I previously discussed the Finland’s basic income experiment, which was one of several being conducted across the world. After a little over a year, the Finnish trial — which involved 2,000 unemployed citizens receiving a flat monthly payment of $685 — has come to an abrupt close following the government’s lack of interest. As the BBC reported:
Finland’s two-year pilot scheme started in January 2017, making it the first European country to test an unconditional basic income. The 2,000 participants – all unemployed – were chosen randomly.
But it will not be extended after this year, as the government is now examining other schemes for reforming the Finnish social security system.
“I’m a little disappointed that the government decided not to expand it,” said Prof Kangas, a researcher at the Social Insurance Institution (Kela), a Finnish government agency.
Speaking to the BBC from Turku, he said the government had turned down Kela’s request for €40-70m extra to fund basic income for a group of employed Finns, instead of limiting the experiment to 2,000 unemployed people.
It is unfortunate that a government otherwise open to bold new solutions to social problems has opted out of taking this trial to the next level.
Yet this doesn’t mean the door has closed on other economic solutions:
Another reform option being considered by Finnish politicians is a negative income tax, Prof Kangas said.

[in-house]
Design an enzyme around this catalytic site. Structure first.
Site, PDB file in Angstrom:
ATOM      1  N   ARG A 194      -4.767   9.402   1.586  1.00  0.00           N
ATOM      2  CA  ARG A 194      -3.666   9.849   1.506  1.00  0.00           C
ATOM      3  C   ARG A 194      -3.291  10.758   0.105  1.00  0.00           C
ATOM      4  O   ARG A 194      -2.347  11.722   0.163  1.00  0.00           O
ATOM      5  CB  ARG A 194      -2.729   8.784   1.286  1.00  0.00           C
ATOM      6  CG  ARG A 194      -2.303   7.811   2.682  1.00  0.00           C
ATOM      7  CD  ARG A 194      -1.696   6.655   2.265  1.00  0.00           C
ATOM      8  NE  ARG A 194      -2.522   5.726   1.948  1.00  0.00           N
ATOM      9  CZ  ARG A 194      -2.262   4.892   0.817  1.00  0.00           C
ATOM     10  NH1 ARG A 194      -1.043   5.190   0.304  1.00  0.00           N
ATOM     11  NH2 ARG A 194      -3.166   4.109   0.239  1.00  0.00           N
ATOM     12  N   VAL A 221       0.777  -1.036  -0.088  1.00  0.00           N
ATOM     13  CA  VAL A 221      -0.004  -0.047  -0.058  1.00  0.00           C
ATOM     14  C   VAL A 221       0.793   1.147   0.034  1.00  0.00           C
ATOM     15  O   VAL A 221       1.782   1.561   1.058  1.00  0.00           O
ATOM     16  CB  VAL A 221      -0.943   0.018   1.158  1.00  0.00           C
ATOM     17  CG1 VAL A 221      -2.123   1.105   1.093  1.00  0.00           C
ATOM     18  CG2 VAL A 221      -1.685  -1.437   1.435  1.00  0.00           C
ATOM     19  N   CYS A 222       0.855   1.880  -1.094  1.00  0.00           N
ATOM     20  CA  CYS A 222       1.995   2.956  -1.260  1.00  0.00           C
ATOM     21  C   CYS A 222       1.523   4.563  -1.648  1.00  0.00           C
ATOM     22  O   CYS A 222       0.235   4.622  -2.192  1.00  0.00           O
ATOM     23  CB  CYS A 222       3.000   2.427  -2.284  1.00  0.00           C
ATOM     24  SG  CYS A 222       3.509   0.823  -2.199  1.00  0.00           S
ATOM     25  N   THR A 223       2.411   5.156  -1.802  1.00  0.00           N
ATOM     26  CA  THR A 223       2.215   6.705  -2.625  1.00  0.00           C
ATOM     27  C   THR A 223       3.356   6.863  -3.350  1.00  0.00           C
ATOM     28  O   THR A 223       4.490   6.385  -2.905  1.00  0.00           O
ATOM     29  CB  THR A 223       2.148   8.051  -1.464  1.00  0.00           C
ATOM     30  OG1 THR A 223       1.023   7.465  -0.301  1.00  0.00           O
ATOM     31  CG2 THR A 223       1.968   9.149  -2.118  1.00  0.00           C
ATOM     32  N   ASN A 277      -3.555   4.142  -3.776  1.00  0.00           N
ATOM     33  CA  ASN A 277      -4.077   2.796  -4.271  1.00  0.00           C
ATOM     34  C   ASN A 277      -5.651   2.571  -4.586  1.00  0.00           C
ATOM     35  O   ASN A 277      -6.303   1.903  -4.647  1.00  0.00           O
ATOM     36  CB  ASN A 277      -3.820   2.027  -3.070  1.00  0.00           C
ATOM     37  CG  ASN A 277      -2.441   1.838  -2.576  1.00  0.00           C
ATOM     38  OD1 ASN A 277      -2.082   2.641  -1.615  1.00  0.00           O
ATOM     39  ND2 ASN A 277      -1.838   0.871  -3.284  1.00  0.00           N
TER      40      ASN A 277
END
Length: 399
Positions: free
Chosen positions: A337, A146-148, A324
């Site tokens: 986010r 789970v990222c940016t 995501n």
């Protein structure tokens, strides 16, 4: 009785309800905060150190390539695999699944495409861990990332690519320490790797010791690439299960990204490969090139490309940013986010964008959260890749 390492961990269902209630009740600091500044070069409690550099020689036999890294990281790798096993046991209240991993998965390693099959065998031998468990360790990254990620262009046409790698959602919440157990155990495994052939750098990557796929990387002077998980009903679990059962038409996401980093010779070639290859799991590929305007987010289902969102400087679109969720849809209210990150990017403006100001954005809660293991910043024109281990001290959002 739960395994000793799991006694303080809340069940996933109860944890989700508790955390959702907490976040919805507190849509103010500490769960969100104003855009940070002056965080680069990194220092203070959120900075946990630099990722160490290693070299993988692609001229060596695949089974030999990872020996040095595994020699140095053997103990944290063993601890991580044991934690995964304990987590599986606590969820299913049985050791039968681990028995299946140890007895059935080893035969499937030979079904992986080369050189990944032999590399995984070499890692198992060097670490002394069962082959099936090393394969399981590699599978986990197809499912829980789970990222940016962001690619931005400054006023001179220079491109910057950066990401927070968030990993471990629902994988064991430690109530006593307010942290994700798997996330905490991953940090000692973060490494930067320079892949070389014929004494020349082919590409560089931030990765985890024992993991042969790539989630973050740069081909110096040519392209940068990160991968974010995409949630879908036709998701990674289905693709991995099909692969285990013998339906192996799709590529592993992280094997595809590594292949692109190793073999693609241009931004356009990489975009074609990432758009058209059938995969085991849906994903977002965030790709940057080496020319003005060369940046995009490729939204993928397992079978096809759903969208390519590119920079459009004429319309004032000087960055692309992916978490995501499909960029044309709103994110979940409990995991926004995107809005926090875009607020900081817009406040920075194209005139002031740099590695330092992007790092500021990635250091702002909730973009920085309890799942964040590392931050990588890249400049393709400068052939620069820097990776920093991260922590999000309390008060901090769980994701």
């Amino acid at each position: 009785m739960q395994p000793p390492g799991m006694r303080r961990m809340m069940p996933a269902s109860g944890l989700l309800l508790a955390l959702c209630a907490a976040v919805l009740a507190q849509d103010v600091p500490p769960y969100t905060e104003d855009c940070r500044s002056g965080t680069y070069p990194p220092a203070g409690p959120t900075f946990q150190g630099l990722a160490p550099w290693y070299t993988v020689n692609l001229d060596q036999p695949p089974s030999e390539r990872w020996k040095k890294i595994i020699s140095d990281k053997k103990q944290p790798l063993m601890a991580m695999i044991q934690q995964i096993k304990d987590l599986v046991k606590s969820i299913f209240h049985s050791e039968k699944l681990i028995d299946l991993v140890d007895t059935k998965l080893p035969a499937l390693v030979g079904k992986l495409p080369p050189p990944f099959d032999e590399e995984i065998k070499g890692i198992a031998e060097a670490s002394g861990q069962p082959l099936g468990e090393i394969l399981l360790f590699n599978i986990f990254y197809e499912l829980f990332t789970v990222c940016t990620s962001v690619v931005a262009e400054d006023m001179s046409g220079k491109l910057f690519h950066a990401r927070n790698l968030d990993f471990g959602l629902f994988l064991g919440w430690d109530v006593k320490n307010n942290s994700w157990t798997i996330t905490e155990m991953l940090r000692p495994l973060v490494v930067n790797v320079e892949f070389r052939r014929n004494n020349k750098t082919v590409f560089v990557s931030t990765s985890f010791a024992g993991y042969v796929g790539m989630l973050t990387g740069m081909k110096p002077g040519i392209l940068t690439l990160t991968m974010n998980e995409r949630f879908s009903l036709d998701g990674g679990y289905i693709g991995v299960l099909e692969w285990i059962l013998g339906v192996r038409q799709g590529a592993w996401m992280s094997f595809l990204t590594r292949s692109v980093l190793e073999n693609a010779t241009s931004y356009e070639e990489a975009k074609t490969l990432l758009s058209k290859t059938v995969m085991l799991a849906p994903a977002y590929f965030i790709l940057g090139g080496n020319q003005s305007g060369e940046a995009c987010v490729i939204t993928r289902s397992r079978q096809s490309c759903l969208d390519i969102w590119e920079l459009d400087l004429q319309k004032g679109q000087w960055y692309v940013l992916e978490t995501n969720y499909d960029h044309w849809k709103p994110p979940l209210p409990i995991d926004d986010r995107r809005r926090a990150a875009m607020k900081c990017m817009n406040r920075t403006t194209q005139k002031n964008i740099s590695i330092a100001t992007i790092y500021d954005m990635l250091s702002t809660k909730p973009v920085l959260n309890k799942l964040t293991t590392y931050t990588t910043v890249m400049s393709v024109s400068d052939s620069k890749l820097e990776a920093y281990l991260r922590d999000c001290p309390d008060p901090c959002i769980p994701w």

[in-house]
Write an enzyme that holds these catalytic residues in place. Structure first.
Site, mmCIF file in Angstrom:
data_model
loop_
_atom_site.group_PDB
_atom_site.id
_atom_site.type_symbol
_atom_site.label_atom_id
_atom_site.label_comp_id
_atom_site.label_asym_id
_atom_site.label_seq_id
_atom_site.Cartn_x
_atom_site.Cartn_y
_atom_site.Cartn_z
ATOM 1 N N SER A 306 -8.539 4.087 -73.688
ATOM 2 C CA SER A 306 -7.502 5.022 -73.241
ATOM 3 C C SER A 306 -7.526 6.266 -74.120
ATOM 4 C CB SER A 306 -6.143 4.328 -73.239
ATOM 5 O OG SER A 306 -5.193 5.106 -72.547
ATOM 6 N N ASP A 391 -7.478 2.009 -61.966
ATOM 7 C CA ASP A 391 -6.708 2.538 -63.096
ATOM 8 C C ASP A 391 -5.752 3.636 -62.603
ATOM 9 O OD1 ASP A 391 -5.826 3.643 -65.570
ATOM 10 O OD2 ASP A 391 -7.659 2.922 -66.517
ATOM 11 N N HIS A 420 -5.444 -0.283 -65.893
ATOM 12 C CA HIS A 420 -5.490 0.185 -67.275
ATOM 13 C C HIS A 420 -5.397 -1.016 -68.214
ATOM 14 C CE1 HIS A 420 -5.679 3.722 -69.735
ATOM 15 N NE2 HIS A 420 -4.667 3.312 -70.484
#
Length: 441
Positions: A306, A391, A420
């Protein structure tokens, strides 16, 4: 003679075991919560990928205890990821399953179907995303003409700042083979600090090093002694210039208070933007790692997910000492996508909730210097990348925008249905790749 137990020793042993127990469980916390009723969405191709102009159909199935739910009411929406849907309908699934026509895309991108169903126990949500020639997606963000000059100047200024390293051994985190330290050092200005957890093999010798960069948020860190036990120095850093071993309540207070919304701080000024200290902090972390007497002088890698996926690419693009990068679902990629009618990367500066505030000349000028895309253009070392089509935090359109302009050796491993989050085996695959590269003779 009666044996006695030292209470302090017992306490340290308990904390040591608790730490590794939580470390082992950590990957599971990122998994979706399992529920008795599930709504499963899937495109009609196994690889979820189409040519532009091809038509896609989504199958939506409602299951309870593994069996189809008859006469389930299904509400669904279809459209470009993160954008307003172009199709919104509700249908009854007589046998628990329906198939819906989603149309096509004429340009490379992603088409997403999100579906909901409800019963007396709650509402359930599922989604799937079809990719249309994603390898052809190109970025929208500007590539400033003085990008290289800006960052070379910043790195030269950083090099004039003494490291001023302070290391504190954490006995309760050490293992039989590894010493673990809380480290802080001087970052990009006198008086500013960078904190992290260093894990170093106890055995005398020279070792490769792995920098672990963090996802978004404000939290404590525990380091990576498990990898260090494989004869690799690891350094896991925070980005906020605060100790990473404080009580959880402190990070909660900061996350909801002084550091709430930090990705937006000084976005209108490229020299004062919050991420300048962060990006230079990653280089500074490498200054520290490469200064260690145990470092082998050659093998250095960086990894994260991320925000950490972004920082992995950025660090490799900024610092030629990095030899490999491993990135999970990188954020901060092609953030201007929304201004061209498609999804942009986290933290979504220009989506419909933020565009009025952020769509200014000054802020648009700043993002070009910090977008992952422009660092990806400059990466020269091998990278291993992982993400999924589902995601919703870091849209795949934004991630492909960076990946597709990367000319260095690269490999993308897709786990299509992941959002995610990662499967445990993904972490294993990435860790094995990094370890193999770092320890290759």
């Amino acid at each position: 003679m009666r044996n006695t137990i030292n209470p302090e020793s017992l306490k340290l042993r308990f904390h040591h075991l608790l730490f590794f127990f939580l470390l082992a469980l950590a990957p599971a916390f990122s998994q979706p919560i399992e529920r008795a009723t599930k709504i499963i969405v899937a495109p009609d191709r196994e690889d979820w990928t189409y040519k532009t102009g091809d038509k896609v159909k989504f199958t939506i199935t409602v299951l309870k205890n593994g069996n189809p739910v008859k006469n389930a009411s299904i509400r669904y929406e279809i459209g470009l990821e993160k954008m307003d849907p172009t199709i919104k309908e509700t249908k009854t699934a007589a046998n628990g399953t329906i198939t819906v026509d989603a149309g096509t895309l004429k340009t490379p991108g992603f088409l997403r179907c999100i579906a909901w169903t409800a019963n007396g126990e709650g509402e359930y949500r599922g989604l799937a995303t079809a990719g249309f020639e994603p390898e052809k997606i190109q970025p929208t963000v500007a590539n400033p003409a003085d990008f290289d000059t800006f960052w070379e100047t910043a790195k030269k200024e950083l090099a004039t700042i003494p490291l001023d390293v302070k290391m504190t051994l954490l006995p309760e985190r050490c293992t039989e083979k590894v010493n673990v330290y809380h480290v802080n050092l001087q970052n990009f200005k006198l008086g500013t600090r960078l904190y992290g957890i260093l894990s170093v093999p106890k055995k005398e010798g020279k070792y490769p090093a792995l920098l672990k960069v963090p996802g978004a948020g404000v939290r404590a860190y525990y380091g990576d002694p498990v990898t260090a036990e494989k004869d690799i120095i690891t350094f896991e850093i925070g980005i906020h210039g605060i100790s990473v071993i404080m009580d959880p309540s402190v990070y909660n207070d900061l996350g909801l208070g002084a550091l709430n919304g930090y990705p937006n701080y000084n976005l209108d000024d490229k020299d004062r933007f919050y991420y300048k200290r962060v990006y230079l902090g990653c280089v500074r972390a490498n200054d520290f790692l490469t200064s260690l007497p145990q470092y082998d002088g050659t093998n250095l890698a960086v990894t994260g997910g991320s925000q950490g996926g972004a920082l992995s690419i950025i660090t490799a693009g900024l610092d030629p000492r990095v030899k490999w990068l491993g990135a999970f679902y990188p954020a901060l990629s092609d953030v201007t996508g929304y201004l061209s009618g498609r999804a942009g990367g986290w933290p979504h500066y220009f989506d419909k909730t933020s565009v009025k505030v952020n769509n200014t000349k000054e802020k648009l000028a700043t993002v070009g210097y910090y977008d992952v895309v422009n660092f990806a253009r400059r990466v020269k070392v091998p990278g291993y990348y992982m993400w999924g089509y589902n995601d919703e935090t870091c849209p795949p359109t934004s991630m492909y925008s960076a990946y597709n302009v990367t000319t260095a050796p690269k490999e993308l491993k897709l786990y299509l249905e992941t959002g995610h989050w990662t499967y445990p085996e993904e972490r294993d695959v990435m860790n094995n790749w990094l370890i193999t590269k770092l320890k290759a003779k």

In February this year the influential OECD think tank said a universal credit system, like that being introduced in the UK, would work better than a basic income in Finland. Universal credit replaces several benefit payments with a single monthly sum.
The study by the Organisation for Economic Co-operation and Development said income tax would have to increase by nearly 30% to fund a basic income. It also argued that basic income would increase income inequality and raise Finland’s poverty rate from 11.4% to 14.1%.
In contrast, the OECD said, universal credit would cut the poverty rate to 9.7%, as well as reduce complexity in the benefits system.
Under that scheme, people whose income fell below a certain threshold would be exempt from income tax and would actually receive payments from the tax office.
The challenge is to find a cost-effective system that incentivises people to work, but that does not add to income inequality, Tuulia Hakola-Uusitalo of the Finnish Finance Ministry told the BBC.
As long as governments and civil society groups remain open to at least trying other ideas, I remain hopeful that humanity will be prepared for the very likely possibility of automation-induced mass joblessness and underemployment in the near future.
What are your thoughts?